The novel begins on the day before Milkman’s birth with the “abortive attempt”[14] at flight of the insurance agent Robert Smith, who leaps from the roof of the Mercy hospital. Milkman’s birth is predicted on this day by his aunt Pilate with the words: “A little bird’ll be here with the morning.”[15] Four years later, however, “when the little boy discovered [...] the same thing Mr. Smith had learned earlier – that only birds and airplanes could fly – he lost all interest in himself. To have to live without that single gift saddened him [...].”[16] Even the family’s ritual ride with his father’s big Packard every Sunday makes Milkman think of flying: “But riding backward made him uneasy. It was like flying blind [...].“[17] These examples clearly confirm Valerie Smith’s statement that “[t]he act of flight has always been a subliminal part of Milkman’s life.”[18] In the first part of the novel, however, Milkman is unable to understand the meaning of his wish to fly. Only in the second part, when having found his “authentic”[19] identity, he will recognize the act of flying as his destiny. As a result, the story ends with Milkman’s own leap into the air.


[1] Toni Morrison, “Rootedness: The Ancestor as Foundation,” in Black Woman Writers 1950-1980: A Critical Evaluation, ed. by Mari Evans (New York:
Doubleday, 1984), pp. 339-45, quoted in Michael Awkward, “Unruly and Let Loose,” in Toni Morrison’s ‘Song of Solomon,’ A Casebook, ed. by Jan Furman (Oxford: University Press, 2003), pp. 68.

[2] Julius Lester, “People who could fly,” in Black Folktales, ed. by Julius Lester (New York: Richard W. Baron, 1969), pp. 147-152.

[3] Richard Stotkin, “Myth and the Production of History,” in Ideology and Classic American Literature, ed. by Sacvan Bercovitch et al. (New York: Cambridge University Press, 1986), pp. 70-90, quoted in Michael Awkward, “Unruly and Let Loose,” in Toni Morrison’s ‘Song of Solomon,’ A Casebook, ed. by Jan Furman (Oxford: University Press, 2003), pp. 72.

[4] Toni Morrison, “Rootedness: The Ancestor as Foundation,” p. 68.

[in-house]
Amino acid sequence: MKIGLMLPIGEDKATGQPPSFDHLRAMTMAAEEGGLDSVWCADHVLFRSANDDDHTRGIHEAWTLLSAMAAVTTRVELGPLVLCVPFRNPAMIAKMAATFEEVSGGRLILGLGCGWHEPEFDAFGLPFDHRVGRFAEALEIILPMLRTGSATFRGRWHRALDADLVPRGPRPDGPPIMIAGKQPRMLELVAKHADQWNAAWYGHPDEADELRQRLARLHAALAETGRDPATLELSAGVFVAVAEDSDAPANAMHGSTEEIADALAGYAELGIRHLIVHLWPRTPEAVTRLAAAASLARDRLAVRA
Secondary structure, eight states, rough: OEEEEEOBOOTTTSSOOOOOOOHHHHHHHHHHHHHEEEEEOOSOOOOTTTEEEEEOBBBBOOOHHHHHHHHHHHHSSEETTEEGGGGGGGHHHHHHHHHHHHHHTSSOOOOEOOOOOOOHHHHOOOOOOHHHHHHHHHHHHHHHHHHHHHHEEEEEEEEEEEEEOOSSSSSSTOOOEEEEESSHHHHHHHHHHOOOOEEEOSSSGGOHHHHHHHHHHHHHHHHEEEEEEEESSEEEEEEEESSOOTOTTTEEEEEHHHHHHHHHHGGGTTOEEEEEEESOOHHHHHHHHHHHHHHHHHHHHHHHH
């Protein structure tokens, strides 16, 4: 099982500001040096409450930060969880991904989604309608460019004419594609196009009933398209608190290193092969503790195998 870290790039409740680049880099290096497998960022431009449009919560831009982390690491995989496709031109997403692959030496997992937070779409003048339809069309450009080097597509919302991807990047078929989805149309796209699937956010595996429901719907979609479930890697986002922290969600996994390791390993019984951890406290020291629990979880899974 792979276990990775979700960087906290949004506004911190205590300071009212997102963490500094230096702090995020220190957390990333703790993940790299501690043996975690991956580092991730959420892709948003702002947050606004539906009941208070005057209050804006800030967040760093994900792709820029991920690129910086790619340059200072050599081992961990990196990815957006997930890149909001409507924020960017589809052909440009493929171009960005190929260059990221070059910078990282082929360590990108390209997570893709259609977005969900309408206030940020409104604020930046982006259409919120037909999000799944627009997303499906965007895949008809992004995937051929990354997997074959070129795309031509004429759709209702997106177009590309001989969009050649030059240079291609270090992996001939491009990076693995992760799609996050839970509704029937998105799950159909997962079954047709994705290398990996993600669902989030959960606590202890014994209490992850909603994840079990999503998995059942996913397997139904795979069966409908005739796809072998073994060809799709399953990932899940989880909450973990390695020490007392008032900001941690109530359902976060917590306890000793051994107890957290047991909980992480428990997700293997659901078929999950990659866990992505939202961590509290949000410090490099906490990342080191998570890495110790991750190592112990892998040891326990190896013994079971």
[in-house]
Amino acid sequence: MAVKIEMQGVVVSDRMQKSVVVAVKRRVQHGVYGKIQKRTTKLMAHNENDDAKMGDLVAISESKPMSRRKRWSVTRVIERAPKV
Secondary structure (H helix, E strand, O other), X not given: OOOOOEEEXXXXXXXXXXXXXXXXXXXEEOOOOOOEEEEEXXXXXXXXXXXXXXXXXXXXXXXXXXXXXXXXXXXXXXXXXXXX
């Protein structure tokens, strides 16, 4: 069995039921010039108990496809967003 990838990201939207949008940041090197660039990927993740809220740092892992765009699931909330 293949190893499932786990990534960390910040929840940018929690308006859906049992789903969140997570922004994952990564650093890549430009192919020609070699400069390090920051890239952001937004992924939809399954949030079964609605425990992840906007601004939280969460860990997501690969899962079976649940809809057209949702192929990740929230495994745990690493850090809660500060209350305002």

[5] Ibid., p. 69.

[6] Julius Lester, “People who could fly”, p. 149.

[7] See: Julius Lester, pp. 147-152.

[8] Michael Awkward, “Unruly and Let Loose,” in Toni Morrison’s ‘Song of Solomon,’ A Casebook, ed. by Jan Furman (Oxford: University Press, 2003), p. 70.9 Michael Awkward, “Unruly and Let Loose”, p. 70.

[10] See: Toni Morrison, Song of Solomon, (London: Vintage, 1998), pp. 322-323.

[11] Michael Awkward, p. 70.

[12] Herbert W. Rice, Toni Morrison and the American Tradition, A Rhetorical Reading, American University Studies, 60 (New York: Peter Lang, 1996), p. 69.

[13] Michael Awkward, p. 69.

[14] Valerie Smith, Self-Discovery and Authority in Afro-American Narrative (London, Cambridge, Massachusetts: Harvard University Press, 1987), p. 151.

[15] Toni Morrison, Song of Solomon, p. 9.

[16] Ibid., p. 9.

[17] Ibid., p. 32.

[18] Valerie Smith, Self-Discovery and Authority in Afro-American Narrative, p. 151.

[19] Wilfred D. Samuels et al., Toni Morrison (Boston: Twayne Publishers, 1990), p. 61.

Excerpt out of 24 pages


Mythology in Toni Morrison's Song of Solomon: The motif of "flight"
University of Paderborn
1,3 (A)
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ISBN (eBook)
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Mythology, Toni, Morrison, Song, Solomon
Quote paper
Daniela Grosche (Author), 2003, Mythology in Toni Morrison's Song of Solomon: The motif of "flight", Munich, GRIN Verlag,